Che lives!… just not at Urban Outfitters anymore.
“After drawing public criticism for offering shirts emblazoned with the image of Argentine-born guerrilla leader Ernesto ‘Che’ Guevara, the company no longer appears to offer the product.
A total of 10 stores contacted by The Huffington Post said they no longer sell Ernesto ‘Che’ Guevara shirts. The company’s website also once offered Guevara posters and the biography ‘Che Guevara: A Revolutionary Life,’ written by journalist Jon Lee Anderson. Now, links that once led to the products’ webpages on the company site say, ‘We’re sorry. This Product is no longer available.’ The search term ‘Che Guevara’ also no longer turns up any results on the company’s website.”
The man they called “Che” was indeed a controversial figure. He helped found a repressive communist regime in Cuba and was responsible for the deaths of countless Cubans labeled “counterrevolutionary” by the 26th of July Movement. For this, Cubans, human rights activists and pacifists alike abhor the cult of Che.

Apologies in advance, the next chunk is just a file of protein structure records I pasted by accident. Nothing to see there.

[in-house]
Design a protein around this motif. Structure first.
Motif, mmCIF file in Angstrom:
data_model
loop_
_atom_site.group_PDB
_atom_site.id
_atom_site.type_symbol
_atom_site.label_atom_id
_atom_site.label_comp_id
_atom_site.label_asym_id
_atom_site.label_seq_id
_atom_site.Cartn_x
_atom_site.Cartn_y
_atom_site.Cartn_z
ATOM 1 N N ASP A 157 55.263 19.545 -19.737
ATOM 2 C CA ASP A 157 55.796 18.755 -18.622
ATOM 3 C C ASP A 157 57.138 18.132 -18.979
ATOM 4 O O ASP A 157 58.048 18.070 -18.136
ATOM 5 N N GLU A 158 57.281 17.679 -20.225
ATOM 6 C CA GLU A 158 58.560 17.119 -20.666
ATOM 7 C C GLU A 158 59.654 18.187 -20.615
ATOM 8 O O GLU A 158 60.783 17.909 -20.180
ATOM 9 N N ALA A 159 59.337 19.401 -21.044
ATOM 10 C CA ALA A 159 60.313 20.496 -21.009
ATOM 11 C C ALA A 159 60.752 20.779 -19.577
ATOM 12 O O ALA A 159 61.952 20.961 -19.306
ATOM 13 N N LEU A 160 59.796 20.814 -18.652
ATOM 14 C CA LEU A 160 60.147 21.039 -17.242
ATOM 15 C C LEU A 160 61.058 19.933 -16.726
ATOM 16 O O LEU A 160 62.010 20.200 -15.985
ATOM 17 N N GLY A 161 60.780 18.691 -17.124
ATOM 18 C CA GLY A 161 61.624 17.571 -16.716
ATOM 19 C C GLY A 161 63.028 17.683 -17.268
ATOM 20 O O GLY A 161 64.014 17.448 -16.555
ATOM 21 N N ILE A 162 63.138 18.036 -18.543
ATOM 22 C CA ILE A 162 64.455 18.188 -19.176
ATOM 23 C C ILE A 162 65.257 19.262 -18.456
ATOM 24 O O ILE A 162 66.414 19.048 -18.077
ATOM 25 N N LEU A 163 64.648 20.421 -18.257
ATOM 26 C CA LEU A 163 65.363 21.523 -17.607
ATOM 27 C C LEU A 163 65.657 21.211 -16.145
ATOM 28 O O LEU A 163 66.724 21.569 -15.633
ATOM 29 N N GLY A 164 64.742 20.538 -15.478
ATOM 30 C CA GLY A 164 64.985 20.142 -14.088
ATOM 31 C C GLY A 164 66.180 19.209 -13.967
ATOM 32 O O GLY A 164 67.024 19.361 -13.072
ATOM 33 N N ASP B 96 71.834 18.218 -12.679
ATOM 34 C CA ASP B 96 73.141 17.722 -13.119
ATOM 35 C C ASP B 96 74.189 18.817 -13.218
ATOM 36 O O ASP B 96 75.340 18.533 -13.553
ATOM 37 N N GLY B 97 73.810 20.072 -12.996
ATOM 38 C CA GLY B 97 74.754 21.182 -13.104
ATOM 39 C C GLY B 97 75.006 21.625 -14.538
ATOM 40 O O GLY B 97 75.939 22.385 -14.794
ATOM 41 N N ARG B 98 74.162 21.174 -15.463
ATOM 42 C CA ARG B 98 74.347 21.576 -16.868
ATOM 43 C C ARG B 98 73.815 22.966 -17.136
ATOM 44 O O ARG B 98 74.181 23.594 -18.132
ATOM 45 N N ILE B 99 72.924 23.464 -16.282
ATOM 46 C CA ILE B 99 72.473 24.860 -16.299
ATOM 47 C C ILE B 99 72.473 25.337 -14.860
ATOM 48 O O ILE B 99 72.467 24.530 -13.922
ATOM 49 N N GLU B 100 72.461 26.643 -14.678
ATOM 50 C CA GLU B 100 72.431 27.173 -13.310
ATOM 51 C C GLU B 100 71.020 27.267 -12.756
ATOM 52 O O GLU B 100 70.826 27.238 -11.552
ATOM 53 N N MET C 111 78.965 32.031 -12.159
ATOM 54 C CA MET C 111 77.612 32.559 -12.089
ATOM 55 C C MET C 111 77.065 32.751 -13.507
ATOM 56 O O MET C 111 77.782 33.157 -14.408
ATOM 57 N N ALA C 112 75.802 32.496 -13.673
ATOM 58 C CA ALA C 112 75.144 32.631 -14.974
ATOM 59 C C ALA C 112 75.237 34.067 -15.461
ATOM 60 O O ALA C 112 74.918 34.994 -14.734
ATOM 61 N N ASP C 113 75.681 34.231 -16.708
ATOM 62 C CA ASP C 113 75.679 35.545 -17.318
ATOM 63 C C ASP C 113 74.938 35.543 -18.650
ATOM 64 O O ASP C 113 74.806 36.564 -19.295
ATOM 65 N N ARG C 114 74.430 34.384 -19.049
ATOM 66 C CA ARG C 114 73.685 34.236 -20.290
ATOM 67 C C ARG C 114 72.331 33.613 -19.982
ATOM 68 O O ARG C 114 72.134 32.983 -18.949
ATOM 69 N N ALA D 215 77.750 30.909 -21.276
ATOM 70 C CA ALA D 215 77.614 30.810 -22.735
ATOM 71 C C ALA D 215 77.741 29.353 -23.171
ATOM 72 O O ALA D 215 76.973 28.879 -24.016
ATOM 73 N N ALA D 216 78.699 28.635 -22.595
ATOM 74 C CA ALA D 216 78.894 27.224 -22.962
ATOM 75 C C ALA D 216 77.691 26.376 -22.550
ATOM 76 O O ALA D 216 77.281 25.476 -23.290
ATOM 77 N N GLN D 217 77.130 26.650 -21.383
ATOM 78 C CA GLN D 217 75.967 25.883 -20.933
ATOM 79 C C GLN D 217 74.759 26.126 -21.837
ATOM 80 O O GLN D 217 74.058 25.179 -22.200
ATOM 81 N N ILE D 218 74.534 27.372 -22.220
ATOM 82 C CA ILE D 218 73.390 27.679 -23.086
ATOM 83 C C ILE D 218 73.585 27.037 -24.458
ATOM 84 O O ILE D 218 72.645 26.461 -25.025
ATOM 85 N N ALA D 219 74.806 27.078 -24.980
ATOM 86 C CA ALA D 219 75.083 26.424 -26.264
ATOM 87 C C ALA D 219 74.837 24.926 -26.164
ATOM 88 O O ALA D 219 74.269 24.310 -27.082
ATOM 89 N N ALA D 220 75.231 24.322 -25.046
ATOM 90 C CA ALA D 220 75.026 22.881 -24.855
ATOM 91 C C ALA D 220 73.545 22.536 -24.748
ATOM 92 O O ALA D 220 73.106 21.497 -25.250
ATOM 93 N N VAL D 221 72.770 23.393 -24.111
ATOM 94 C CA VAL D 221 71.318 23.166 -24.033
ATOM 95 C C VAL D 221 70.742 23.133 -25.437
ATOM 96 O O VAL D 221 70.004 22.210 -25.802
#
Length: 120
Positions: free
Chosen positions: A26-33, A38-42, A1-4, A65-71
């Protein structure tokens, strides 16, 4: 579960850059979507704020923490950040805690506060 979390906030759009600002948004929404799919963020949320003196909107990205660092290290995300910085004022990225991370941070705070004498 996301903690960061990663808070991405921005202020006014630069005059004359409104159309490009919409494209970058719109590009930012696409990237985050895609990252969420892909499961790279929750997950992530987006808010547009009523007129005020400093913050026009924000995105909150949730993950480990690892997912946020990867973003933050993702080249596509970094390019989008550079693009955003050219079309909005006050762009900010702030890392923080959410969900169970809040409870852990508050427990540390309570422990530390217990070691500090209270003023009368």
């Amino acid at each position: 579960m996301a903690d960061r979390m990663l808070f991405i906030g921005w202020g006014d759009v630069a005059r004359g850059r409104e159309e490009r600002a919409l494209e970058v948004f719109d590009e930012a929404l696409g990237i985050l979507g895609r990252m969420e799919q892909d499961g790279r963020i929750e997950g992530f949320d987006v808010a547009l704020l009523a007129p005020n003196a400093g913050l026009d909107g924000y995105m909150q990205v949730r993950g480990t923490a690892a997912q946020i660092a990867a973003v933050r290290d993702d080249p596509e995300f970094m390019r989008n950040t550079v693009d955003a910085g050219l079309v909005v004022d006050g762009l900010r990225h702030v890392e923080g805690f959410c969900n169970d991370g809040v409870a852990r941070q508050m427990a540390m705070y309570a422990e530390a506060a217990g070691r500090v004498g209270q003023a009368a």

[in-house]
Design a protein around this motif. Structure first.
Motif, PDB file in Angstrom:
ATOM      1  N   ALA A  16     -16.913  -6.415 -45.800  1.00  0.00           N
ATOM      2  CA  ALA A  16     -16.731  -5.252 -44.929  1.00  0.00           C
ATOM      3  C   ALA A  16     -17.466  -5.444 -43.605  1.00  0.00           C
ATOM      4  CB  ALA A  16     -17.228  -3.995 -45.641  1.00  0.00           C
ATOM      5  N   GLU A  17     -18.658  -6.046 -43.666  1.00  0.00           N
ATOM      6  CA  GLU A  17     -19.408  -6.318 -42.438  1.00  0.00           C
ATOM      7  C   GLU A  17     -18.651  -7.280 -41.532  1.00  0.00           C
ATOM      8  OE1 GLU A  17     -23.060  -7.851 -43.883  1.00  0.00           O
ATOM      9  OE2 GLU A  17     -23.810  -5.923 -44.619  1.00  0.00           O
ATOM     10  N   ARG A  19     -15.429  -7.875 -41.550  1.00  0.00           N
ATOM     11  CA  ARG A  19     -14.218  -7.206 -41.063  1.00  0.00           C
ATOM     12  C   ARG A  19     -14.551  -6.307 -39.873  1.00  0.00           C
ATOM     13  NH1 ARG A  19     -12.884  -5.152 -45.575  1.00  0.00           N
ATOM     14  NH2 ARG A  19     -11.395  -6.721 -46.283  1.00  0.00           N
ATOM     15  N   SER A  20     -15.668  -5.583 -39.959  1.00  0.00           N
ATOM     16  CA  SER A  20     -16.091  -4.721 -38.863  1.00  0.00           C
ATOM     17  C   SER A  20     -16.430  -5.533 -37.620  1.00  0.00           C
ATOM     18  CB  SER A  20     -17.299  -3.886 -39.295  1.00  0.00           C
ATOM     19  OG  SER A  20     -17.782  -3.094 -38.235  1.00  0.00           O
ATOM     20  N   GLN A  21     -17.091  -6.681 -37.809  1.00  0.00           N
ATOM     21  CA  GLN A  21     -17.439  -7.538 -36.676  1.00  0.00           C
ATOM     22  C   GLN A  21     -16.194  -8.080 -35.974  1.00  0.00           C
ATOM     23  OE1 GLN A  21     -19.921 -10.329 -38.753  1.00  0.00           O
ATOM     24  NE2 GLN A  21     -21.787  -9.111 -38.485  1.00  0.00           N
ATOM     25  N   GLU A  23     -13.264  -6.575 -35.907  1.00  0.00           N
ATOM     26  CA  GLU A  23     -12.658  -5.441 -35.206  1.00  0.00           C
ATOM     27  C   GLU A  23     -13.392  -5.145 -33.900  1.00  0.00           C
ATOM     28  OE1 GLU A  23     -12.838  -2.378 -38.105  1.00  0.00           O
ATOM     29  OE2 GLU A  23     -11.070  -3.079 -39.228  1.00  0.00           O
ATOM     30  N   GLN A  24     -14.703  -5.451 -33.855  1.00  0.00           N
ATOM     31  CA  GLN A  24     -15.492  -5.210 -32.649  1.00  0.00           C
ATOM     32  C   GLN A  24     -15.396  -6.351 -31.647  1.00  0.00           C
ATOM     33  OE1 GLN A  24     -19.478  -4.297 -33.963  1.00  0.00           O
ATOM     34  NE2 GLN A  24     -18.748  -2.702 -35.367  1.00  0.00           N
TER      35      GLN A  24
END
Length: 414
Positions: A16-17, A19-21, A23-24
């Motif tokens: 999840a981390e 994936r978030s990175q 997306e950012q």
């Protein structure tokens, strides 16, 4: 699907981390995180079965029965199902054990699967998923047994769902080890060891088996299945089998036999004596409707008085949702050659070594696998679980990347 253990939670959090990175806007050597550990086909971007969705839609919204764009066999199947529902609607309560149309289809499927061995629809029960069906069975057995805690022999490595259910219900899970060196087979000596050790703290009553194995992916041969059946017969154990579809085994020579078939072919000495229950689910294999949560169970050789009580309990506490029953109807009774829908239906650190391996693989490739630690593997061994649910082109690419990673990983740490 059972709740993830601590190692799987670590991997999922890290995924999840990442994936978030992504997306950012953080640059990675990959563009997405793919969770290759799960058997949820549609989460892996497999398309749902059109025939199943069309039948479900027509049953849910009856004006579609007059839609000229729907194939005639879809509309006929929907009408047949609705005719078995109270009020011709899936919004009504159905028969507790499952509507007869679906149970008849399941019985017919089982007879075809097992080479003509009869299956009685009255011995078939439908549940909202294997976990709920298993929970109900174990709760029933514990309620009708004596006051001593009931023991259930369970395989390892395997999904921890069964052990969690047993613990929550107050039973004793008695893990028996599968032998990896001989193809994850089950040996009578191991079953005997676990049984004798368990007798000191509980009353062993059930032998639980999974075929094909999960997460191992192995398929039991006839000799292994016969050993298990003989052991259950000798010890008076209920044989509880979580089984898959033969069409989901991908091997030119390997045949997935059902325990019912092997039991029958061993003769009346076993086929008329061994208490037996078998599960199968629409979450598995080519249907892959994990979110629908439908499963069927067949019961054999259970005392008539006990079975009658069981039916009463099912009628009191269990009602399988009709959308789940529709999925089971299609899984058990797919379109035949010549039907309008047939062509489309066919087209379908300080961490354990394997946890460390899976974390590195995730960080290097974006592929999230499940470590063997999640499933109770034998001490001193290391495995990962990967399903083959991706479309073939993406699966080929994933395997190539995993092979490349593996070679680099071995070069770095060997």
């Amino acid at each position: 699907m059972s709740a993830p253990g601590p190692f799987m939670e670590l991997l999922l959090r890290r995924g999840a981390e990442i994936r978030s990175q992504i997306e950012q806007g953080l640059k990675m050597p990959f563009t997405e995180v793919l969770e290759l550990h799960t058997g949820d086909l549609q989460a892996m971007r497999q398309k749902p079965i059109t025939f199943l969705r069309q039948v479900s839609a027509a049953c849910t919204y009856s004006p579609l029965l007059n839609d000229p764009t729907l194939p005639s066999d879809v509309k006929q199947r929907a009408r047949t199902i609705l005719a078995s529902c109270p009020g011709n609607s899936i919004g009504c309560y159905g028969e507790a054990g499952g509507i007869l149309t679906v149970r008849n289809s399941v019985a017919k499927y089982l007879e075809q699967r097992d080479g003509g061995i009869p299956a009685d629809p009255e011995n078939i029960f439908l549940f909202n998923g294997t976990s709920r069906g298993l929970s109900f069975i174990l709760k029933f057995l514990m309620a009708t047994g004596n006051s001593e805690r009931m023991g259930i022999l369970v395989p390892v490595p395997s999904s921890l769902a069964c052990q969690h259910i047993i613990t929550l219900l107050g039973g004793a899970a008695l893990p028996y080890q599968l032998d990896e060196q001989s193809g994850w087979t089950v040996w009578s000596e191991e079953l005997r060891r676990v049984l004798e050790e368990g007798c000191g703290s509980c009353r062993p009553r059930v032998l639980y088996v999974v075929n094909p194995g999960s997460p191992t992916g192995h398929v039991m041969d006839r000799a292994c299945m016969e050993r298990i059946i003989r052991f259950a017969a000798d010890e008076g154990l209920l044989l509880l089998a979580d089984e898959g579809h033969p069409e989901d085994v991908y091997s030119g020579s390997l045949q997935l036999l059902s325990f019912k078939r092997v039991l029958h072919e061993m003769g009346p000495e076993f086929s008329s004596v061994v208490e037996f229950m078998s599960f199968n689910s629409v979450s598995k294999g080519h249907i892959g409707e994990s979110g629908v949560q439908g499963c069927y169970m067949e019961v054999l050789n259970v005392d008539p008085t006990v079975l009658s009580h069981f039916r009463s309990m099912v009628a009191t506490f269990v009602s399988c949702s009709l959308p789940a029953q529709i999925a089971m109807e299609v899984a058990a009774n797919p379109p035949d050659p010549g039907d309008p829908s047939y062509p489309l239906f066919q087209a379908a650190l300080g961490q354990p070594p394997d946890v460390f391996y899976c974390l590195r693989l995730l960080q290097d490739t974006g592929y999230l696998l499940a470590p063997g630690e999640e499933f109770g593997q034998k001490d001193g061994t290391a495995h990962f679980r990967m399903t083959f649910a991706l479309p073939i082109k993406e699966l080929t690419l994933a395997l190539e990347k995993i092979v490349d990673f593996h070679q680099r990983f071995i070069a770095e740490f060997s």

While I’m not foolish enough to dispute the charges flung at his bones, I’d only remind those who oppose Che posters and t-shirts that the Che story is as complex as it is controversial.
On the one hand, Che had a hand in the killing of between 200 and 700 Cubans during the revolution. But he also viewed first-world nations as accomplices of death themselves, and with good reason.
Che famously chronicled the plight of the poor in Latin America during his travels as a young medical student, blaming America and its allies for the conditions he encountered. He described how the people suffered under fascist dictatorships installed and maintained by the United States. Guevara wrote of “Capitalist octopuses” like United Fruit placing the countries of Central America in a sort of economic bondage. And the doctor was there in Guatemala when the CIA orchestrated the overthrow of a democratically-elected president.
American foreign and economic policies may not have made Che a socialist, but they certainly made him a revolutionary.
Even if Che was responsible for the deaths of 1,000 Cubans, Americans condemning Che shirts while sporting Obama ones is just plain hypocritical. How many innocent lives is the commander-in-chief responsible for in the Middle East? How many of the people on his notorious “kill list” has he executed without a trial? How many deaths in places like Honduras and Mexico are the result of U.S. drug consumption?
Americans should be careful when we point the finger and accuse someone of being a mass murderer. We might be splashing blood everywhere.